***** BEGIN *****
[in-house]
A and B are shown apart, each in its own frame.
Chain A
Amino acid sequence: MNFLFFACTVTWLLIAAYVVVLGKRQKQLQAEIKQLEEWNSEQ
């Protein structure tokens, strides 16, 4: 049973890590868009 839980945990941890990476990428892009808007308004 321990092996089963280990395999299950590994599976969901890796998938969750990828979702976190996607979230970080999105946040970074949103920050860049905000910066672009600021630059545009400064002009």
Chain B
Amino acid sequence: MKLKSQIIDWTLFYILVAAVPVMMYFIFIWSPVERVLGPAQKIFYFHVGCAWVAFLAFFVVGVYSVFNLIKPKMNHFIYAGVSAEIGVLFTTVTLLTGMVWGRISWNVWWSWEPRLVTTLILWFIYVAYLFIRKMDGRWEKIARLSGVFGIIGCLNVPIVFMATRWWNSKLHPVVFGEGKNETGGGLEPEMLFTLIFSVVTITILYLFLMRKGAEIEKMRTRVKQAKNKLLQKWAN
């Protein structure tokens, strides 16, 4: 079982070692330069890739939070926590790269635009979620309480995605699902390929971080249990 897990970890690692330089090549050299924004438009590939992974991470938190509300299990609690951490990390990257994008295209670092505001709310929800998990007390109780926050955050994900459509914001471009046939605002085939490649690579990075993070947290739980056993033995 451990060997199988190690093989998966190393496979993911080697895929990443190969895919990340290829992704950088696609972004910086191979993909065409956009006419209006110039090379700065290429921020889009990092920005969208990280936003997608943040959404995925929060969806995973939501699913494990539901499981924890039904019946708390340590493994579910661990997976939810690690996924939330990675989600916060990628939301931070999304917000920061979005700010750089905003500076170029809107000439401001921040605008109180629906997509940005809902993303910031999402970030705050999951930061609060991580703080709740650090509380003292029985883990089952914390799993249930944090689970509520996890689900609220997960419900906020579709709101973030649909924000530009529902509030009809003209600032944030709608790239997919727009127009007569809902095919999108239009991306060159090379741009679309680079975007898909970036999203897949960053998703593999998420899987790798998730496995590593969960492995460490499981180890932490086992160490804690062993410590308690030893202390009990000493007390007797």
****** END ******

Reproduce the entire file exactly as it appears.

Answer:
[in-house]
A and B are shown apart, each in its own frame.
Chain A
Amino acid sequence: MNFLFFACTVTWLLIAAYVVVLGKRQKQLQAEIKQLEEWNSEQ
């Protein structure tokens, strides 16, 4: 049973890590868009 839980945990941890990476990428892009808007308004 321990092996089963280990395999299950590994599976969901890796998938969750990828979702976190996607979230970080999105946040970074949103920050860049905000910066672009600021630059545009400064002009």
Chain B
Amino acid sequence: MKLKSQIIDWTLFYILVAAVPVMMYFIFIWSPVERVLGPAQKIFYFHVGCAWVAFLAFFVVGVYSVFNLIKPKMNHFIYAGVSAEIGVLFTTVTLLTGMVWGRISWNVWWSWEPRLVTTLILWFIYVAYLFIRKMDGRWEKIARLSGVFGIIGCLNVPIVFMATRWWNSKLHPVVFGEGKNETGGGLEPEMLFTLIFSVVTITILYLFLMRKGAEIEKMRTRVKQAKNKLLQKWAN
């Protein structure tokens, strides 16, 4: 079982070692330069890739939070926590790269635009979620309480995605699902390929971080249990 897990970890690692330089090549050299924004438009590939992974991470938190509300299990609690951490990390990257994008295209670092505001709310929800998990007390109780926050955050994900459509914001471009046939605002085939490649690579990075993070947290739980056993033995 451990060997199988190690093989998966190393496979993911080697895929990443190969895919990340290829992704950088696609972004910086191979993909065409956009006419209006110039090379700065290429921020889009990092920005969208990280936003997608943040959404995925929060969806995973939501699913494990539901499981924890039904019946708390340590493994579910661990997976939810690690996924939330990675989600916060990628939301931070999304917000920061979005700010750089905003500076170029809107000439401001921040605008109180629906997509940005809902993303910031999402970030705050999951930061609060991580703080709740650090509380003292029985883990089952914390799993249930944090689970509520996890689900609220997960419900906020579709709101973030649909924000530009529902509030009809003209600032944030709608790239997919727009127009007569809902095919999108239009991306060159090379741009679309680079975007898909970036999203897949960053998703593999998420899987790798998730496995590593969960492995460490499981180890932490086992160490804690062993410590308690030893202390009990000493007390007797």